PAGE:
Programmer Seth Bling is no stranger to modifying games. In addition to creating a working Atari 2600 emulator inside of Minecraft that plays ROMs like Donkey Kong and Space Invaders (albeit at 60 frames every four hours), he also injected Flappy Bird code into Super Mario World. It appears he's at it again by training a neural network to play Super Mario Kart.

Called MariFlow, Seth utilized the neural network by feeding it 15 hours of Super Mario Kart videos and directly modifying some of its behavior.

As a primer, a neural network is able to learn things by example. The more data you feed it, the more it learns...similar to how a human brain works (hence the word neural). Seth uses about four layers of computation that allow MariFlow to predict what moves it thinks an actual player might make. In fact, Seth can program it to behave like certain people (he used his father as an example).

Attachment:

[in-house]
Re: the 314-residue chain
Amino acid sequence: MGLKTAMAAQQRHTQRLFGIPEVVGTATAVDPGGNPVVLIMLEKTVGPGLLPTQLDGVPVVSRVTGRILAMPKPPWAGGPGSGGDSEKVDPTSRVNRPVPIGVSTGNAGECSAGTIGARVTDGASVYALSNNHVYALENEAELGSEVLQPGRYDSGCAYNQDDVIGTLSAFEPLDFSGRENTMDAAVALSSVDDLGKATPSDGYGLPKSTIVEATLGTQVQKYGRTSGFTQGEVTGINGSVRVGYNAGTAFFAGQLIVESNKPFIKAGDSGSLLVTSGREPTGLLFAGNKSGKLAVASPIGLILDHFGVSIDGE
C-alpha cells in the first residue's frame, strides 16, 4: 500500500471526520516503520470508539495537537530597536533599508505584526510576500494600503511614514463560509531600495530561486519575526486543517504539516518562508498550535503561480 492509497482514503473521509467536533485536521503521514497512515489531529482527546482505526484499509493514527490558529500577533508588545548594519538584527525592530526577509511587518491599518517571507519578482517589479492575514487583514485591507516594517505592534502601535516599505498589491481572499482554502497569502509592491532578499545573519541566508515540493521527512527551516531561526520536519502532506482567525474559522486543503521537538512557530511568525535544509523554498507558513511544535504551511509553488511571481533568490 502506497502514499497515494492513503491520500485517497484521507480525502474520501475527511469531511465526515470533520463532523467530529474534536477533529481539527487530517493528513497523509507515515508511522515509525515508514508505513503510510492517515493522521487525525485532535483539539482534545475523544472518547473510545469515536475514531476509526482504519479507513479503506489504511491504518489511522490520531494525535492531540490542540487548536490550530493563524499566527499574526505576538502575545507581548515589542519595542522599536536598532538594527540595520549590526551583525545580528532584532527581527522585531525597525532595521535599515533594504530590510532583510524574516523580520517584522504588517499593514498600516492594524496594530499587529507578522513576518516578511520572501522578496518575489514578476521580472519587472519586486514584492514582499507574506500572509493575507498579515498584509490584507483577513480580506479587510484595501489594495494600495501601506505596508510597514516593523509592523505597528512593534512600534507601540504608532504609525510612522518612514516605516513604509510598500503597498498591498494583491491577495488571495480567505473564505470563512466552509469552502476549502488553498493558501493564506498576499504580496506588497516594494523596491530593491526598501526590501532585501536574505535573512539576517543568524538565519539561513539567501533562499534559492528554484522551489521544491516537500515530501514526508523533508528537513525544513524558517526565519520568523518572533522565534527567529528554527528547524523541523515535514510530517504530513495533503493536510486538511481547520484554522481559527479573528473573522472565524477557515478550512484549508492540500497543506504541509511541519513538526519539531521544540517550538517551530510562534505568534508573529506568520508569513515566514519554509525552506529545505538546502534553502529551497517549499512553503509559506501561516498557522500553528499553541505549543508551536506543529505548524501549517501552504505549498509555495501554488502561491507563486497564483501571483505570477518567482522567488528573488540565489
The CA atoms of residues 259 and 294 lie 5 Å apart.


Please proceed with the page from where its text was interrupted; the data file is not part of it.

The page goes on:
MariFlow is technically a recurrent neural network, meaning it's capable of remembering information. Whenever the program would get stuck on walls, Seth would manually "take the wheel" and show the computer what the correct response should be. The program would then learn from his example.

MariFlow has been able to earn gold medals in the Mushroom and Flower Cups and the silver medal in the Star Cup. To be fair, it was done on the lowest difficulty, 50cc, but it's an impressive feat nonetheless. Seth wrote during a Twitch stream of MariFlow that the goal was simply to see if it could get medals in each cup. Mission accomplished.

Seth has actually done something like this before. Back in 2015, he trained a neural network called MarI/O to beat Super Mario World. MariFlow is different from MarI/O in that MariFlow's goal is not to win the game, but rather to predict the controller inputs that Seth would use in any given situation.

Check out the Twitch stream of MariFlow beating the Mushroom Cup and prepare to submit to your future neural net overlords.